Wednesday, May 2, 2012

Knowledge Is Good

The first R-rated movie that TigerBlog ever saw in the movies is also the funniest movie he's ever seen. Even all these years later.

Actually, TB saw a group of movies that he'd consider among the funniest of all time right in a row there. "Caddyshack." "Stripes." "Fast Times At Ridgemont High."

Years later, TB was watching "Stripes" with FatherBlog when Sergeant Hulka first gets the platoon to march. When Harold Ramis said to Bill Murray "look John, we're walking," that was the hardest that TB had ever seen Army vet FatherBlog laugh, except for all 60 minutes of Buddy Hackett's HBO special.

And TB doesn't even have that line in his top five from the movie.

It's hard to chose the single funniest line in "Caddyshack."

TB will go with "hey, Wang, this place looks restricted, so don't tell 'em you're Jewish," though you really can't go wrong with just about anything that comes out of Rodney's mouth.

The same is true of Spicoli in "Fast Times at Ridgemont High."

There have been other comedies, before, during and after that late 70s early 80s run that TB has loved.

For pure can't-help-but-laugh, sheer-genius-who-came-up-with-this, flawless comedy value, nothing TB has ever seen has ever beaten "Animal House."

It's been a few years since TB actually watched it, and yet there it was the other day, the unedited version on one of the movie channels. And so TB watched - and had it reinforced why he thinks so much of the movie.

The characters are tremendous. The timing is perfect. Each scene stands on its own merit and then ties into the story effortlessly. 

And the lines? So many of them are classics that TB can't even begin to single out one.

What he can single out is the one person who carries the whole movie, and that is John Belushi. TB said on the day that Belushi died (March 5, 1982, at the age of 33) that he would never again watch "Saturday Night Live," and he never has, not for one second.

Faber College was the home of the Delta Tau Chis and their rivals in "Animal House." It's founder was Emil Faber, the student newspaper was "the Daily Faberian" and the college motto was "Knowledge Is Good."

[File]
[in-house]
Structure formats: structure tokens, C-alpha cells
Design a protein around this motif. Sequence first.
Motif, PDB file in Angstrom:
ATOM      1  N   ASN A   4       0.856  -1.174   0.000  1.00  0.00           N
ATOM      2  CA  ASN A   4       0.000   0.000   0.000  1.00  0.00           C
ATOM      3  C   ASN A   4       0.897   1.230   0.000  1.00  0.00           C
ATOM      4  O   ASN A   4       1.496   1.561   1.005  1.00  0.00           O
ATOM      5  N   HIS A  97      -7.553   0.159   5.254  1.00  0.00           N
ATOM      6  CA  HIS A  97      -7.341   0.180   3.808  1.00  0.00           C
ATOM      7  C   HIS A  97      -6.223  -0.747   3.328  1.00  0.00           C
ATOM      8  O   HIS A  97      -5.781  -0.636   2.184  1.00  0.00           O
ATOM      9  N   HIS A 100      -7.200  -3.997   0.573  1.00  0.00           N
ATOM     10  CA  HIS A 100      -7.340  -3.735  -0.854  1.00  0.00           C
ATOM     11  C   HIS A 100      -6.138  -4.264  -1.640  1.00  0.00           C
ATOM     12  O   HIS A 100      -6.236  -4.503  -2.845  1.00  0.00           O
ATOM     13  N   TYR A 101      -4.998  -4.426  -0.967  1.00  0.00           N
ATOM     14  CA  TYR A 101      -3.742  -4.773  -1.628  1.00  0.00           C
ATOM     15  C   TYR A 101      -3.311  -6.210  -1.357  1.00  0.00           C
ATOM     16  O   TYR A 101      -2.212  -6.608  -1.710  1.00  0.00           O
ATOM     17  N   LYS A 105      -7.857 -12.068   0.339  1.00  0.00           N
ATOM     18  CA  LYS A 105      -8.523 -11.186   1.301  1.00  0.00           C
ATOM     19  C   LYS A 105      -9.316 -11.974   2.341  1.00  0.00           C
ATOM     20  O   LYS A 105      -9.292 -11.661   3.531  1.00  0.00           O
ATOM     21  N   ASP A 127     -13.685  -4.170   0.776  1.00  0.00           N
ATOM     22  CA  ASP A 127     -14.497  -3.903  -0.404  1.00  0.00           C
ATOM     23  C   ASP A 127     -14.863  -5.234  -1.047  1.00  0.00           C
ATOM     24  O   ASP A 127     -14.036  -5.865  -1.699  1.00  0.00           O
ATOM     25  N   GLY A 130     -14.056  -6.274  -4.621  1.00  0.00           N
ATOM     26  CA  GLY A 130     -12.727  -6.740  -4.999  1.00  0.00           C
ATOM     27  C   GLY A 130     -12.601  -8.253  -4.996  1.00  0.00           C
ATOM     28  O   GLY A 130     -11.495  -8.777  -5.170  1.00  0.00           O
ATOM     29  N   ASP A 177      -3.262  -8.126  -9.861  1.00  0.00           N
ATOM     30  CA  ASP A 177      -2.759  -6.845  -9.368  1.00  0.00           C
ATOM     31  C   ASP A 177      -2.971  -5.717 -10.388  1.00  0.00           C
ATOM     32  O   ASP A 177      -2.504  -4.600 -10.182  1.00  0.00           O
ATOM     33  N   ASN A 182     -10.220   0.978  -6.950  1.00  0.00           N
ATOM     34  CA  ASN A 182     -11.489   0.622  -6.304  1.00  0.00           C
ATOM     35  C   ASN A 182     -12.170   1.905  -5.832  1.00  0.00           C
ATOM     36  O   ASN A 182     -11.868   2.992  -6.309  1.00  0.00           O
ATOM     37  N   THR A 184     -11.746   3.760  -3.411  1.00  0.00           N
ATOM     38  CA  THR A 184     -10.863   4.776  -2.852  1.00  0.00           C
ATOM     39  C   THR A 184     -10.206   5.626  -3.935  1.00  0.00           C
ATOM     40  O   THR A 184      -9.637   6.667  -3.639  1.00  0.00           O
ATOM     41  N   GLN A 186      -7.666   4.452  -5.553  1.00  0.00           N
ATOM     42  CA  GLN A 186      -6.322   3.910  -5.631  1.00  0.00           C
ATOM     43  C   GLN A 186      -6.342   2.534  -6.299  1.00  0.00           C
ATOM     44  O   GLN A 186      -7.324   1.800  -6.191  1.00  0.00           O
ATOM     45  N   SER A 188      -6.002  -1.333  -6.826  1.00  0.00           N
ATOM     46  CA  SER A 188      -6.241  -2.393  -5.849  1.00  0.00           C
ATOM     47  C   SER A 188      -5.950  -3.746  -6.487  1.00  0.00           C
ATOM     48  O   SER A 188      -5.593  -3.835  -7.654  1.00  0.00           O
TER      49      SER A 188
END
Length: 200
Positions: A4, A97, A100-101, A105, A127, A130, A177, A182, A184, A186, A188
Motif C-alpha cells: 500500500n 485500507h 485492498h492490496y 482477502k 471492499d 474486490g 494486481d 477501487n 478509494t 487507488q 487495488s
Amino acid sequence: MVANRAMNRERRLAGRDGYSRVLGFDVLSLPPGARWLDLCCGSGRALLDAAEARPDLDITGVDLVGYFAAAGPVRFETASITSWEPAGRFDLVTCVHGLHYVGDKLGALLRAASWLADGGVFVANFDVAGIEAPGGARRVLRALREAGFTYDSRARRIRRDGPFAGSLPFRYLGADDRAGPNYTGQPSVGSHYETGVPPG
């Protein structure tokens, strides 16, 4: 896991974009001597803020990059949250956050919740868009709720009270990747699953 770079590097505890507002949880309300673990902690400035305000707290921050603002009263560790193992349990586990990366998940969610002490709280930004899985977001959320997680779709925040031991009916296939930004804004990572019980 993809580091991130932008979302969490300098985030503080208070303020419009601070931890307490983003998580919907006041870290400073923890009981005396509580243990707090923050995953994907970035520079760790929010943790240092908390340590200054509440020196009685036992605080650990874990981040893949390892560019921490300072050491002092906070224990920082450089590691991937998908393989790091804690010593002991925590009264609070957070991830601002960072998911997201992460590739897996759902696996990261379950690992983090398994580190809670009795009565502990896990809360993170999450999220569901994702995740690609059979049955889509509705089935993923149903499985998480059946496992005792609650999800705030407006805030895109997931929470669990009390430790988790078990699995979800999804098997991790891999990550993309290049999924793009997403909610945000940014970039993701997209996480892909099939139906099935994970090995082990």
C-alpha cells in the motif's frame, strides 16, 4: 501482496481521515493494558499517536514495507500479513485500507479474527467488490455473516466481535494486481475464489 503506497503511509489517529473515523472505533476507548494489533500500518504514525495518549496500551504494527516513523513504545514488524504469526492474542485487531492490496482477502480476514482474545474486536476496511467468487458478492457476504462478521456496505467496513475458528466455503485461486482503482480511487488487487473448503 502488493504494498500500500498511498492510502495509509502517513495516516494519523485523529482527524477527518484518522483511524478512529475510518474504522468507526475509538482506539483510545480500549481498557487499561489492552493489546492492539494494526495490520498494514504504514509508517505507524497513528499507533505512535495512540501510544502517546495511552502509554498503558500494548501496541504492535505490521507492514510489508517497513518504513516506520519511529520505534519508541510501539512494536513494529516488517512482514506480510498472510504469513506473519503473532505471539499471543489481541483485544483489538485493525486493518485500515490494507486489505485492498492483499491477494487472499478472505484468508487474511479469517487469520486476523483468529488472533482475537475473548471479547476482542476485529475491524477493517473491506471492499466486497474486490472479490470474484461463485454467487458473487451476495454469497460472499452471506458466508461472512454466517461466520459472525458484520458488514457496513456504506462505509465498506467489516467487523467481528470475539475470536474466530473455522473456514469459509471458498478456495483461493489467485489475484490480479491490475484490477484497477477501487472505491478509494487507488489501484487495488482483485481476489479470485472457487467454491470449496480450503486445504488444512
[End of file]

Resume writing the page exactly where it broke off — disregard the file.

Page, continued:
The Deltas were modeled after a fraternity at Dartmouth, of all places, and the movie was actually filmed largely on the campus of the University of Oregon.

The ending of the movie shows what happened to all of the key people in the movie, including Senator and Mrs. John Blutarsky.

As a aside, TB just got an email that says that Daniel Day has been named director of news and editorial services at University communications. And here TB thought his whereabouts were unknown.

Maybe of everyone who works here, TB could have seen water polo coach Luis Nicolao as one of the Deltas.

Hey, anyone who shows up at a Princeton Varsity Club luncheon in a speedo or coaches on Halloween dressed as Batman certainly could have fit in with the Deltas. Yeah, TB could see Luis chanting "toga, toga, toga" in a fraternity basement, just after being put on double secret probation.

In reality, Nicolao is a graduate of the United States Naval Academy, where presumably there is no such fraternity craziness.

It's been a pretty good year for the Navy grad here with the Tigers.

In the fall, he led the men's team to the Eastern championship and the NCAA Final Four, where his team finished third. His record with the men was 22-10.

Now, this spring, the women are an even-better 28-4, bringing him to 50-14 overall.

In addition, the women's team is now the sixth seed in the NCAA tournament, earning an automatic bid by virtue of its 6-5 win over Maryland this past weekend in the Eastern tournament.

Princeton, the sixth-seed, will take on third-seeded USC next Friday at San Diego State. It'll be the first NCAA appearance for Princeton.

It's an eight-team field, and the each team will play three games.

If you've never seen water polo, it's a game that requires unbelievable strength and conditioning. Just go jump in the pool and tread water for seven minutes at a time and see how hard that is, let alone doing it with people kicking and pulling you under the water.

It's also a game of great skill and grace. And it goes very quickly.

Maybe that's why ESPNU makes it a staple of its yearly Princeton events. In fact, it was the first Princeton event on ESPNU this year, a men's water polo game.

Who knew it'd be a start of the most successful water polo year Princeton has ever had?

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